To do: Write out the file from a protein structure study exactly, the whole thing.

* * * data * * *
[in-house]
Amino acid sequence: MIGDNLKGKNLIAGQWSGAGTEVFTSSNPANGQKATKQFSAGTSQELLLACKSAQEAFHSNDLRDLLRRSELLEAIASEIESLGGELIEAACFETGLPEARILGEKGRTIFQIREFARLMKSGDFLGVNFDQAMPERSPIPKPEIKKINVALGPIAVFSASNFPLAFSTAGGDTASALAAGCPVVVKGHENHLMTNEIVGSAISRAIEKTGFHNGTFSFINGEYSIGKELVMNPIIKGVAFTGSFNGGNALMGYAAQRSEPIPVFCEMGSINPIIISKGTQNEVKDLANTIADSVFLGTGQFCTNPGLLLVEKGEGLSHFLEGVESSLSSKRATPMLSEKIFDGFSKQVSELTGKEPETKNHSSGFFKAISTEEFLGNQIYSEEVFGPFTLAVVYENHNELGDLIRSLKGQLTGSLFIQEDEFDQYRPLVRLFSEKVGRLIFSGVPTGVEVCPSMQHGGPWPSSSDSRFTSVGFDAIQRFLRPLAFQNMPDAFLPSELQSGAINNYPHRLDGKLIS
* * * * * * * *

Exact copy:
[in-house]
Amino acid sequence: MIGDNLKGKNLIAGQWSGAGTEVFTSSNPANGQKATKQFSAGTSQELLLACKSAQEAFHSNDLRDLLRRSELLEAIASEIESLGGELIEAACFETGLPEARILGEKGRTIFQIREFARLMKSGDFLGVNFDQAMPERSPIPKPEIKKINVALGPIAVFSASNFPLAFSTAGGDTASALAAGCPVVVKGHENHLMTNEIVGSAISRAIEKTGFHNGTFSFINGEYSIGKELVMNPIIKGVAFTGSFNGGNALMGYAAQRSEPIPVFCEMGSINPIIISKGTQNEVKDLANTIADSVFLGTGQFCTNPGLLLVEKGEGLSHFLEGVESSLSSKRATPMLSEKIFDGFSKQVSELTGKEPETKNHSSGFFKAISTEEFLGNQIYSEEVFGPFTLAVVYENHNELGDLIRSLKGQLTGSLFIQEDEFDQYRPLVRLFSEKVGRLIFSGVPTGVEVCPSMQHGGPWPSSSDSRFTSVGFDAIQRFLRPLAFQNMPDAFLPSELQSGAINNYPHRLDGKLIS